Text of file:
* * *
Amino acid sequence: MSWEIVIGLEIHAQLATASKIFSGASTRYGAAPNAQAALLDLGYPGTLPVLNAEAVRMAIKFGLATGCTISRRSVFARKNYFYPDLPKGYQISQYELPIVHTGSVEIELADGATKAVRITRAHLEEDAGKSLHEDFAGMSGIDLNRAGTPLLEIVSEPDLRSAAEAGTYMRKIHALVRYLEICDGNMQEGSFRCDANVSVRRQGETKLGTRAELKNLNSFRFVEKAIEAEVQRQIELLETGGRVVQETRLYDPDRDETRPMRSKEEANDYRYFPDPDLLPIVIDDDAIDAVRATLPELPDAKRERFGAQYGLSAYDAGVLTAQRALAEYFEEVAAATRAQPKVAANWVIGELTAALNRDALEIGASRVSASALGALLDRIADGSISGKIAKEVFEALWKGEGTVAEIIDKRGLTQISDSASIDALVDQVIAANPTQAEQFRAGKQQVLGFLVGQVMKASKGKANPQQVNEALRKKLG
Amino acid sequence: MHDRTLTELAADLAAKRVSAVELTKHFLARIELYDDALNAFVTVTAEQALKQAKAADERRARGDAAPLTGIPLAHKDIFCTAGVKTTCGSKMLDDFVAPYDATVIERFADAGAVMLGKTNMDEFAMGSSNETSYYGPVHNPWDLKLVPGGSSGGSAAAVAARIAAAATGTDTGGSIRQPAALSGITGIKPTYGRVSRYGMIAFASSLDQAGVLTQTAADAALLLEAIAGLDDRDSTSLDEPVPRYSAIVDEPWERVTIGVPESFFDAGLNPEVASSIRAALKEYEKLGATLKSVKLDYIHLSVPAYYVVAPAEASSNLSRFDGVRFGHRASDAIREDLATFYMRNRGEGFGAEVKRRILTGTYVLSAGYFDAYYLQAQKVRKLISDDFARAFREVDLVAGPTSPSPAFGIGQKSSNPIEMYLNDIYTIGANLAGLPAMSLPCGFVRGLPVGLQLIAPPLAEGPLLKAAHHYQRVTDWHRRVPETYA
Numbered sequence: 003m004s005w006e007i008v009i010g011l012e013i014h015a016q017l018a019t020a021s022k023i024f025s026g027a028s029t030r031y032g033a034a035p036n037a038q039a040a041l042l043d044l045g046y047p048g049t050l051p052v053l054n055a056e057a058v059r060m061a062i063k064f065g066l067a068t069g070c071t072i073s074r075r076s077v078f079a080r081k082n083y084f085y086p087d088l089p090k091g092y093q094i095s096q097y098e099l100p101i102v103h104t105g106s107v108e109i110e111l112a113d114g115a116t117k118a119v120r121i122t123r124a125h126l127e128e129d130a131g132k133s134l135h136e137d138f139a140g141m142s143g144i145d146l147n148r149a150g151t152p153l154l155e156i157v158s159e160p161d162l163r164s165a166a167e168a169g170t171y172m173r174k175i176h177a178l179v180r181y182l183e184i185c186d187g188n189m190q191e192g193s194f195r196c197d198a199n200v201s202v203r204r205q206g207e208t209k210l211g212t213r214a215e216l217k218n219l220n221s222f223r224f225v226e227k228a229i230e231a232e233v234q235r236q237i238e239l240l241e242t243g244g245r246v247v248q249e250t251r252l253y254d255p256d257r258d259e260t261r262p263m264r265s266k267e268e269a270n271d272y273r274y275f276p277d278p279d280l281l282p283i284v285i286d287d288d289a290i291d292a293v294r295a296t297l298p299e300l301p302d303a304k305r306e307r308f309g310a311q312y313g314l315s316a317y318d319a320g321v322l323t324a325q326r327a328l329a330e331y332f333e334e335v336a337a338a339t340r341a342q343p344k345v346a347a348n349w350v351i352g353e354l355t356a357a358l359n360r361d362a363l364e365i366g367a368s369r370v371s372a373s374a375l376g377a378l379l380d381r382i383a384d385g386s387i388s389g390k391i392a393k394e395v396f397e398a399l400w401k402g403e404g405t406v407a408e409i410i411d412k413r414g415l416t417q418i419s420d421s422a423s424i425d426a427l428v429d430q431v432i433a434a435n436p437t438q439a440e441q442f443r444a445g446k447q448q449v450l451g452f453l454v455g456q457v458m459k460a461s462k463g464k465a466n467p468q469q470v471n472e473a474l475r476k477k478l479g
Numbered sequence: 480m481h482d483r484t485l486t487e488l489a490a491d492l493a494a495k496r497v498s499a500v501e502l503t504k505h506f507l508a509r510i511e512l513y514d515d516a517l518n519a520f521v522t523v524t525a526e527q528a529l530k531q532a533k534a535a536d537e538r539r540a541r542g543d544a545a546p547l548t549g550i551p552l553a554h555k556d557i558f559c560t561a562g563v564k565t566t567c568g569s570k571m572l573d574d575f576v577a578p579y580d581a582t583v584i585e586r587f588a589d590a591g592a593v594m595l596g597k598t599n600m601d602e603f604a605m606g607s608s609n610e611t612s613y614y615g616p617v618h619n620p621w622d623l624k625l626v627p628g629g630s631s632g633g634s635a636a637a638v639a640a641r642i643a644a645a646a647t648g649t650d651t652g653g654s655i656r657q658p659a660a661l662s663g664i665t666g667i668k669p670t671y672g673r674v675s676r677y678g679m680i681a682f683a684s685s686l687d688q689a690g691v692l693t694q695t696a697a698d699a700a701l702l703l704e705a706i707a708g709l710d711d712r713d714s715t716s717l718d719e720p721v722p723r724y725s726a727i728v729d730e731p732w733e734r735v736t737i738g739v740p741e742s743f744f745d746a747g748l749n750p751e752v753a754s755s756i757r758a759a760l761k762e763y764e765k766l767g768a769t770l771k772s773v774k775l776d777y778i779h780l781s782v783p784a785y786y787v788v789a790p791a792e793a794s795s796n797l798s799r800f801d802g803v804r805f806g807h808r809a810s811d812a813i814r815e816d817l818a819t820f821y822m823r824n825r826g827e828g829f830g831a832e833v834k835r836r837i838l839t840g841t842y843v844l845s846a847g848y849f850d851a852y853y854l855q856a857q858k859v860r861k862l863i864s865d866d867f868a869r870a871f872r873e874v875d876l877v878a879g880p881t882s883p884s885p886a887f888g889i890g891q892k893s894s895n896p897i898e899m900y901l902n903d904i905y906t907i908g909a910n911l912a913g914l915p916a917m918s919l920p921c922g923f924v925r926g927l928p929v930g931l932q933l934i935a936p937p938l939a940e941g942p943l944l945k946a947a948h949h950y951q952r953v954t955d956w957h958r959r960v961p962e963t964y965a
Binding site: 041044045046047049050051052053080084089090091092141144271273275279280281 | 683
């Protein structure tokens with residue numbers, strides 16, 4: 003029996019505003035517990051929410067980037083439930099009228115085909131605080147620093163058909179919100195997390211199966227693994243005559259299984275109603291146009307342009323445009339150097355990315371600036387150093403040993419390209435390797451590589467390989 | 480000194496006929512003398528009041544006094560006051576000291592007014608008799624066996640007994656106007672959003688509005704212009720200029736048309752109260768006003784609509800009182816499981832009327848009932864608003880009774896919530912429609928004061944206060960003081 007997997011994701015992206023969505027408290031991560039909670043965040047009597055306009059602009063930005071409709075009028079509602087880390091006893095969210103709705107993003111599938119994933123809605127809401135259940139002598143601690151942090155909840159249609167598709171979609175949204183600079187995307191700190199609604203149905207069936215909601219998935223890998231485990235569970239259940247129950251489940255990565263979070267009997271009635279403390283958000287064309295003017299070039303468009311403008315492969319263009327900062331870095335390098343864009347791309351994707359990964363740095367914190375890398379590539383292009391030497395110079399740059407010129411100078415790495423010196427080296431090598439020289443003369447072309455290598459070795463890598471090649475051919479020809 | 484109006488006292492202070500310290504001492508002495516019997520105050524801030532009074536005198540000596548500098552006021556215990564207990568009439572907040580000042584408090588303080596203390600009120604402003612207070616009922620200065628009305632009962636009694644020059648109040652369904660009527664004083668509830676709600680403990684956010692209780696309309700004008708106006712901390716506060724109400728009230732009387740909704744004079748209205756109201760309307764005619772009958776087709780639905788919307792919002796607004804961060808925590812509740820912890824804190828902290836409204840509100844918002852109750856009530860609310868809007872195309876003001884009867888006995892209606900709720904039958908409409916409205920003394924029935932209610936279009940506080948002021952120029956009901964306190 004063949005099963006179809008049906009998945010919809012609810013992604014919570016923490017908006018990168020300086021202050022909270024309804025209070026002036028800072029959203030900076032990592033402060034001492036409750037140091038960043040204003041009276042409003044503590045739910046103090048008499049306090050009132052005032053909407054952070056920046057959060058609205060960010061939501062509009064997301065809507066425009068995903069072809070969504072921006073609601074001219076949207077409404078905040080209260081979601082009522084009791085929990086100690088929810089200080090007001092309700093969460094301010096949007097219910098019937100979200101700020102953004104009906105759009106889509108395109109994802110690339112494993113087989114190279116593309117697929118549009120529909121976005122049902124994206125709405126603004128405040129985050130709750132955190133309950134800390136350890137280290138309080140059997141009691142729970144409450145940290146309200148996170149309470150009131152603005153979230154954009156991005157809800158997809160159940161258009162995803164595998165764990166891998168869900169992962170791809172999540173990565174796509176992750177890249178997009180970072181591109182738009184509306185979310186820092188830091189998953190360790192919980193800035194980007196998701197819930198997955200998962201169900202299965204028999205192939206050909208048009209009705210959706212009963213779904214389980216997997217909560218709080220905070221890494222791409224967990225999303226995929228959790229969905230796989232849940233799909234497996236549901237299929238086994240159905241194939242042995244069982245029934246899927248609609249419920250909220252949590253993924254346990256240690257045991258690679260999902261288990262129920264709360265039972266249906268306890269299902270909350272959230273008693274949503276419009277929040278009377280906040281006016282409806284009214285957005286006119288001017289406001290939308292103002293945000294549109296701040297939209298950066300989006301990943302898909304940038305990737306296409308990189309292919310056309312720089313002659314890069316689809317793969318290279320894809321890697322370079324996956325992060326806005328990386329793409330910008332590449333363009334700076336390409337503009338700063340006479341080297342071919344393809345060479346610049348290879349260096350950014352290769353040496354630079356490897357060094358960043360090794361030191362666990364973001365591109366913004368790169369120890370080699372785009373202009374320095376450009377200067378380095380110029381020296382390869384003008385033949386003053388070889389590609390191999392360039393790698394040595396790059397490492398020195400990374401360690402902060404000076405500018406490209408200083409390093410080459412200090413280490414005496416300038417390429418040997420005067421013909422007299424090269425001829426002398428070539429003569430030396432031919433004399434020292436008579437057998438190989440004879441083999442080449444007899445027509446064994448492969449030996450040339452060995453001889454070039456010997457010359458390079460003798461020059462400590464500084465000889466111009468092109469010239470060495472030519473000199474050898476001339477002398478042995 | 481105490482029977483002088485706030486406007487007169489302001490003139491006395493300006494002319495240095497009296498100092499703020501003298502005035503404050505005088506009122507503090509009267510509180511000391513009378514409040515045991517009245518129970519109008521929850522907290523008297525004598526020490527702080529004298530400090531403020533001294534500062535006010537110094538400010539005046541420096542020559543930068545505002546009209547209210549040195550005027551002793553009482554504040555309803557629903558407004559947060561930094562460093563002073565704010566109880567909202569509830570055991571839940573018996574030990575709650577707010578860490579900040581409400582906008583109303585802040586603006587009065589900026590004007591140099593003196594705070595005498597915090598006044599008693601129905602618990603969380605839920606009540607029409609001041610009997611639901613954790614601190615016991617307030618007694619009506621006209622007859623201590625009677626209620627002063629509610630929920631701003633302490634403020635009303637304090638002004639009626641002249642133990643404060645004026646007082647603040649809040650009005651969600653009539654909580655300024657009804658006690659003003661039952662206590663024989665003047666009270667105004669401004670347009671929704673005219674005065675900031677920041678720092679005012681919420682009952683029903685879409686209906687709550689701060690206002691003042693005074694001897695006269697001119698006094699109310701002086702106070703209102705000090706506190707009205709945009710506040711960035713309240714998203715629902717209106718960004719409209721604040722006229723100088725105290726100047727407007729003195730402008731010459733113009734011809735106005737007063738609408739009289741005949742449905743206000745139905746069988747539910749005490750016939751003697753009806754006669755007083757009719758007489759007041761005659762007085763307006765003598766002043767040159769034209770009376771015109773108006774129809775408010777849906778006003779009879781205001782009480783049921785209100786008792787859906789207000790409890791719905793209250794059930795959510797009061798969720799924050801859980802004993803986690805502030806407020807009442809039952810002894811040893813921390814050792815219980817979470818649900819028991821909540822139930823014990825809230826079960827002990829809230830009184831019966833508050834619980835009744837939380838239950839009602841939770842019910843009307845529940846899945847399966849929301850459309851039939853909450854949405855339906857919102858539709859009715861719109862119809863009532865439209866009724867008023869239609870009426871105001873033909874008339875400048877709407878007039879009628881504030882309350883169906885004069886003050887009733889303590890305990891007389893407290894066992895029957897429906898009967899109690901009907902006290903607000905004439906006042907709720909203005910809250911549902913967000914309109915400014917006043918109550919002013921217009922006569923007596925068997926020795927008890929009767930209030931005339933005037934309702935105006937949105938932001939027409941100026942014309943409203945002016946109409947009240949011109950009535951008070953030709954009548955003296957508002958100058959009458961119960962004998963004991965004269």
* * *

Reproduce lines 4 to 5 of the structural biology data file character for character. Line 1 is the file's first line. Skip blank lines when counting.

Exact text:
Numbered sequence: 480m481h482d483r484t485l486t487e488l489a490a491d492l493a494a495k496r497v498s499a500v501e502l503t504k505h506f507l508a509r510i511e512l513y514d515d516a517l518n519a520f521v522t523v524t525a526e527q528a529l530k531q532a533k534a535a536d537e538r539r540a541r542g543d544a545a546p547l548t549g550i551p552l553a554h555k556d557i558f559c560t561a562g563v564k565t566t567c568g569s570k571m572l573d574d575f576v577a578p579y580d581a582t583v584i585e586r587f588a589d590a591g592a593v594m595l596g597k598t599n600m601d602e603f604a605m606g607s608s609n610e611t612s613y614y615g616p617v618h619n620p621w622d623l624k625l626v627p628g629g630s631s632g633g634s635a636a637a638v639a640a641r642i643a644a645a646a647t648g649t650d651t652g653g654s655i656r657q658p659a660a661l662s663g664i665t666g667i668k669p670t671y672g673r674v675s676r677y678g679m680i681a682f683a684s685s686l687d688q689a690g691v692l693t694q695t696a697a698d699a700a701l702l703l704e705a706i707a708g709l710d711d712r713d714s715t716s717l718d719e720p721v722p723r724y725s726a727i728v729d730e731p732w733e734r735v736t737i738g739v740p741e742s743f744f745d746a747g748l749n750p751e752v753a754s755s756i757r758a759a760l761k762e763y764e765k766l767g768a769t770l771k772s773v774k775l776d777y778i779h780l781s782v783p784a785y786y787v788v789a790p791a792e793a794s795s796n797l798s799r800f801d802g803v804r805f806g807h808r809a810s811d812a813i814r815e816d817l818a819t820f821y822m823r824n825r826g827e828g829f830g831a832e833v834k835r836r837i838l839t840g841t842y843v844l845s846a847g848y849f850d851a852y853y854l855q856a857q858k859v860r861k862l863i864s865d866d867f868a869r870a871f872r873e874v875d876l877v878a879g880p881t882s883p884s885p886a887f888g889i890g891q892k893s894s895n896p897i898e899m900y901l902n903d904i905y906t907i908g909a910n911l912a913g914l915p916a917m918s919l920p921c922g923f924v925r926g927l928p929v930g931l932q933l934i935a936p937p938l939a940e941g942p943l944l945k946a947a948h949h950y951q952r953v954t955d956w957h958r959r960v961p962e963t964y965a
Binding site: 041044045046047049050051052053080084089090091092141144271273275279280281 | 683